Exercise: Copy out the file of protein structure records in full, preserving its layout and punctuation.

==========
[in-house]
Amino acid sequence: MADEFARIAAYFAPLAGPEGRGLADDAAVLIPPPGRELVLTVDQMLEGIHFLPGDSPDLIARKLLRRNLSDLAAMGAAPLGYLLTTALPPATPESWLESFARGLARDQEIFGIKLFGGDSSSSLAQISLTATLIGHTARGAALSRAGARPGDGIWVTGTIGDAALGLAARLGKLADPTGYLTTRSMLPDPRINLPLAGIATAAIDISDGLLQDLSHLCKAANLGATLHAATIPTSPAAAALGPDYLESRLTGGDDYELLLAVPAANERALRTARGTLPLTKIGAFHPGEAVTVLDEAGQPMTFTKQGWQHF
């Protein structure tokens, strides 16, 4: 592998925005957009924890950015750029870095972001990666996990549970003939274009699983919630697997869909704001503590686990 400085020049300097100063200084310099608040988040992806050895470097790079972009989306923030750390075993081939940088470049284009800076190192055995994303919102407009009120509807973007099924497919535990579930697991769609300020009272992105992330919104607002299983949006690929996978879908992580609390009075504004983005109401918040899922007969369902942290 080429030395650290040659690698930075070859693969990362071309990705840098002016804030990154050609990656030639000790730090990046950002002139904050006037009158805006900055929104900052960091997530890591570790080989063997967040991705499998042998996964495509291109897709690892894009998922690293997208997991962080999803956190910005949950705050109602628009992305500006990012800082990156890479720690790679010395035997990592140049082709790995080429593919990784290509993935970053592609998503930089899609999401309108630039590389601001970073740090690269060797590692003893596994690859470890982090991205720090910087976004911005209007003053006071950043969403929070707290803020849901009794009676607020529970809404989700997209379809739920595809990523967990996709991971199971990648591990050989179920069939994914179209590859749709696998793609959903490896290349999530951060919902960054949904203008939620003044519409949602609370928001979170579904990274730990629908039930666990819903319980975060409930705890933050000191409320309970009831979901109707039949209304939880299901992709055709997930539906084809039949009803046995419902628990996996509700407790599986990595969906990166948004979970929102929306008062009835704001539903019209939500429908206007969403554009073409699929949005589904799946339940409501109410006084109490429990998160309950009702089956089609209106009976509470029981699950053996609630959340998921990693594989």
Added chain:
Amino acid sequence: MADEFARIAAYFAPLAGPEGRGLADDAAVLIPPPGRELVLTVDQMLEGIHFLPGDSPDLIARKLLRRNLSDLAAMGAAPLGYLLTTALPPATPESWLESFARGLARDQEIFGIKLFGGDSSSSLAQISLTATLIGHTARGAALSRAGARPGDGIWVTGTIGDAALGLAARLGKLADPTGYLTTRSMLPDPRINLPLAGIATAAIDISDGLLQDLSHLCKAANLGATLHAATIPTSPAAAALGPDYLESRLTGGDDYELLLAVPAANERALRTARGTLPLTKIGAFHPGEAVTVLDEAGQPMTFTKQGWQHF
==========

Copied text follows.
[in-house]
Amino acid sequence: MADEFARIAAYFAPLAGPEGRGLADDAAVLIPPPGRELVLTVDQMLEGIHFLPGDSPDLIARKLLRRNLSDLAAMGAAPLGYLLTTALPPATPESWLESFARGLARDQEIFGIKLFGGDSSSSLAQISLTATLIGHTARGAALSRAGARPGDGIWVTGTIGDAALGLAARLGKLADPTGYLTTRSMLPDPRINLPLAGIATAAIDISDGLLQDLSHLCKAANLGATLHAATIPTSPAAAALGPDYLESRLTGGDDYELLLAVPAANERALRTARGTLPLTKIGAFHPGEAVTVLDEAGQPMTFTKQGWQHF
């Protein structure tokens, strides 16, 4: 592998925005957009924890950015750029870095972001990666996990549970003939274009699983919630697997869909704001503590686990 400085020049300097100063200084310099608040988040992806050895470097790079972009989306923030750390075993081939940088470049284009800076190192055995994303919102407009009120509807973007099924497919535990579930697991769609300020009272992105992330919104607002299983949006690929996978879908992580609390009075504004983005109401918040899922007969369902942290 080429030395650290040659690698930075070859693969990362071309990705840098002016804030990154050609990656030639000790730090990046950002002139904050006037009158805006900055929104900052960091997530890591570790080989063997967040991705499998042998996964495509291109897709690892894009998922690293997208997991962080999803956190910005949950705050109602628009992305500006990012800082990156890479720690790679010395035997990592140049082709790995080429593919990784290509993935970053592609998503930089899609999401309108630039590389601001970073740090690269060797590692003893596994690859470890982090991205720090910087976004911005209007003053006071950043969403929070707290803020849901009794009676607020529970809404989700997209379809739920595809990523967990996709991971199971990648591990050989179920069939994914179209590859749709696998793609959903490896290349999530951060919902960054949904203008939620003044519409949602609370928001979170579904990274730990629908039930666990819903319980975060409930705890933050000191409320309970009831979901109707039949209304939880299901992709055709997930539906084809039949009803046995419902628990996996509700407790599986990595969906990166948004979970929102929306008062009835704001539903019209939500429908206007969403554009073409699929949005589904799946339940409501109410006084109490429990998160309950009702089956089609209106009976509470029981699950053996609630959340998921990693594989």
Added chain:
Amino acid sequence: MADEFARIAAYFAPLAGPEGRGLADDAAVLIPPPGRELVLTVDQMLEGIHFLPGDSPDLIARKLLRRNLSDLAAMGAAPLGYLLTTALPPATPESWLESFARGLARDQEIFGIKLFGGDSSSSLAQISLTATLIGHTARGAALSRAGARPGDGIWVTGTIGDAALGLAARLGKLADPTGYLTTRSMLPDPRINLPLAGIATAAIDISDGLLQDLSHLCKAANLGATLHAATIPTSPAAAALGPDYLESRLTGGDDYELLLAVPAANERALRTARGTLPLTKIGAFHPGEAVTVLDEAGQPMTFTKQGWQHF